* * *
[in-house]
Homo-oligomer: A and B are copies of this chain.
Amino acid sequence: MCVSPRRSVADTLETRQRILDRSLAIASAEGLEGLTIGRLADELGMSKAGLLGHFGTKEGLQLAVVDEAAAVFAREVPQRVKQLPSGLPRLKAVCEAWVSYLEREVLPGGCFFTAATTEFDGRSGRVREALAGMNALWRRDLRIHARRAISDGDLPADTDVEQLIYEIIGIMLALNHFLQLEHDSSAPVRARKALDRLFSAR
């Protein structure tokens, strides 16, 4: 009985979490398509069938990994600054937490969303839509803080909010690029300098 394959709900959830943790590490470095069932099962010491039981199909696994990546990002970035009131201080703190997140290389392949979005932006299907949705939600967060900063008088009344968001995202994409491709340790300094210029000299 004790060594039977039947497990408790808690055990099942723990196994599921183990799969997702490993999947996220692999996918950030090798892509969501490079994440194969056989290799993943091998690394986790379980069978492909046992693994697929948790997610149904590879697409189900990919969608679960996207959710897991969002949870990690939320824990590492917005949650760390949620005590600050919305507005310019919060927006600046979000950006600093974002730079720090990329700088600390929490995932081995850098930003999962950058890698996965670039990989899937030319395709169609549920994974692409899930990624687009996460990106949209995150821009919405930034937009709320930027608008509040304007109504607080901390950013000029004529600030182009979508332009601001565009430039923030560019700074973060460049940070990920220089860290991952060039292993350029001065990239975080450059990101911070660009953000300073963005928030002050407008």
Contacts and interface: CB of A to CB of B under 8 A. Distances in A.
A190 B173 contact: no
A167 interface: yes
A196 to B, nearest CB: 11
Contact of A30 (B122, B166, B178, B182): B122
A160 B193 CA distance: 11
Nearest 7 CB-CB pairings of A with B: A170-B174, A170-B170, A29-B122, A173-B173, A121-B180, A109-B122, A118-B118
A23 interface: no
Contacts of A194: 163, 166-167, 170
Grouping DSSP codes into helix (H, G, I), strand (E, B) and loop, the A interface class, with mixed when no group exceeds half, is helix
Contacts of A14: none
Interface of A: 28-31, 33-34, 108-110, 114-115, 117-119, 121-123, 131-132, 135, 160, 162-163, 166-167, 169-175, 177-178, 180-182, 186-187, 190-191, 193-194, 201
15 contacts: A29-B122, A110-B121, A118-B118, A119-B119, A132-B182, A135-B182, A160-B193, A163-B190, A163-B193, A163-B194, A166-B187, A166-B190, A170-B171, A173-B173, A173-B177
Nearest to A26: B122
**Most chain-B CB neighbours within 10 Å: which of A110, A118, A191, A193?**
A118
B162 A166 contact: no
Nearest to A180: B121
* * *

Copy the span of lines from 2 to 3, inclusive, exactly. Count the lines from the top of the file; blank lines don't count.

Homo-oligomer: A and B are copies of this chain.
Amino acid sequence: MCVSPRRSVADTLETRQRILDRSLAIASAEGLEGLTIGRLADELGMSKAGLLGHFGTKEGLQLAVVDEAAAVFAREVPQRVKQLPSGLPRLKAVCEAWVSYLEREVLPGGCFFTAATTEFDGRSGRVREALAGMNALWRRDLRIHARRAISDGDLPADTDVEQLIYEIIGIMLALNHFLQLEHDSSAPVRARKALDRLFSAR